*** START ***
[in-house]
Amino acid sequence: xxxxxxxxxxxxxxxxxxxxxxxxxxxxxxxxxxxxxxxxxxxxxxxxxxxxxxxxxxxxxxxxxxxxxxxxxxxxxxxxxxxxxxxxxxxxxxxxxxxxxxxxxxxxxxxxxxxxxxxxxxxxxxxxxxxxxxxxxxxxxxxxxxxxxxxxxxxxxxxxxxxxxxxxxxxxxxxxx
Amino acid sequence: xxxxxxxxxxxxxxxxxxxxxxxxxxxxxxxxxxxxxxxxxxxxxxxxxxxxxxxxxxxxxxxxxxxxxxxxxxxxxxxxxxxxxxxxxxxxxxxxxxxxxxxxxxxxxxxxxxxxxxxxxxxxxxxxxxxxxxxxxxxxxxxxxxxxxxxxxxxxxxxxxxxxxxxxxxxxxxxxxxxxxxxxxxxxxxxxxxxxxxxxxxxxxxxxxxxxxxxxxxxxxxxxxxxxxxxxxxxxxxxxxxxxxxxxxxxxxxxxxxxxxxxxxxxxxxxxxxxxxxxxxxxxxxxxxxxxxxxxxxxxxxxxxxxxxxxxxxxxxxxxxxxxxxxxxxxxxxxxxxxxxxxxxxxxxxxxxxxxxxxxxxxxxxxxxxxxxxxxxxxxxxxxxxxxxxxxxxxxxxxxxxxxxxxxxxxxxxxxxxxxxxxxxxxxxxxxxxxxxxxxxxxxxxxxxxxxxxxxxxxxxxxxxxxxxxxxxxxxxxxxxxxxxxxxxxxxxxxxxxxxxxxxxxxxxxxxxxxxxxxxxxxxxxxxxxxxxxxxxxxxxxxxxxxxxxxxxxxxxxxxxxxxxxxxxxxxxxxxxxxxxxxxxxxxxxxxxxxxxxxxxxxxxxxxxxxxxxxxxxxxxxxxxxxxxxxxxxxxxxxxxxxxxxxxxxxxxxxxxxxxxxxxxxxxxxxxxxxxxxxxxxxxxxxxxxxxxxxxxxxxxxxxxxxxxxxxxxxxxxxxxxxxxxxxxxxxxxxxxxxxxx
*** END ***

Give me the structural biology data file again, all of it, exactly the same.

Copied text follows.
[in-house]
Amino acid sequence: xxxxxxxxxxxxxxxxxxxxxxxxxxxxxxxxxxxxxxxxxxxxxxxxxxxxxxxxxxxxxxxxxxxxxxxxxxxxxxxxxxxxxxxxxxxxxxxxxxxxxxxxxxxxxxxxxxxxxxxxxxxxxxxxxxxxxxxxxxxxxxxxxxxxxxxxxxxxxxxxxxxxxxxxxxxxxxxxx
Amino acid sequence: xxxxxxxxxxxxxxxxxxxxxxxxxxxxxxxxxxxxxxxxxxxxxxxxxxxxxxxxxxxxxxxxxxxxxxxxxxxxxxxxxxxxxxxxxxxxxxxxxxxxxxxxxxxxxxxxxxxxxxxxxxxxxxxxxxxxxxxxxxxxxxxxxxxxxxxxxxxxxxxxxxxxxxxxxxxxxxxxxxxxxxxxxxxxxxxxxxxxxxxxxxxxxxxxxxxxxxxxxxxxxxxxxxxxxxxxxxxxxxxxxxxxxxxxxxxxxxxxxxxxxxxxxxxxxxxxxxxxxxxxxxxxxxxxxxxxxxxxxxxxxxxxxxxxxxxxxxxxxxxxxxxxxxxxxxxxxxxxxxxxxxxxxxxxxxxxxxxxxxxxxxxxxxxxxxxxxxxxxxxxxxxxxxxxxxxxxxxxxxxxxxxxxxxxxxxxxxxxxxxxxxxxxxxxxxxxxxxxxxxxxxxxxxxxxxxxxxxxxxxxxxxxxxxxxxxxxxxxxxxxxxxxxxxxxxxxxxxxxxxxxxxxxxxxxxxxxxxxxxxxxxxxxxxxxxxxxxxxxxxxxxxxxxxxxxxxxxxxxxxxxxxxxxxxxxxxxxxxxxxxxxxxxxxxxxxxxxxxxxxxxxxxxxxxxxxxxxxxxxxxxxxxxxxxxxxxxxxxxxxxxxxxxxxxxxxxxxxxxxxxxxxxxxxxxxxxxxxxxxxxxxxxxxxxxxxxxxxxxxxxxxxxxxxxxxxxxxxxxxxxxxxxxxxxxxxxxxxxxxxxxx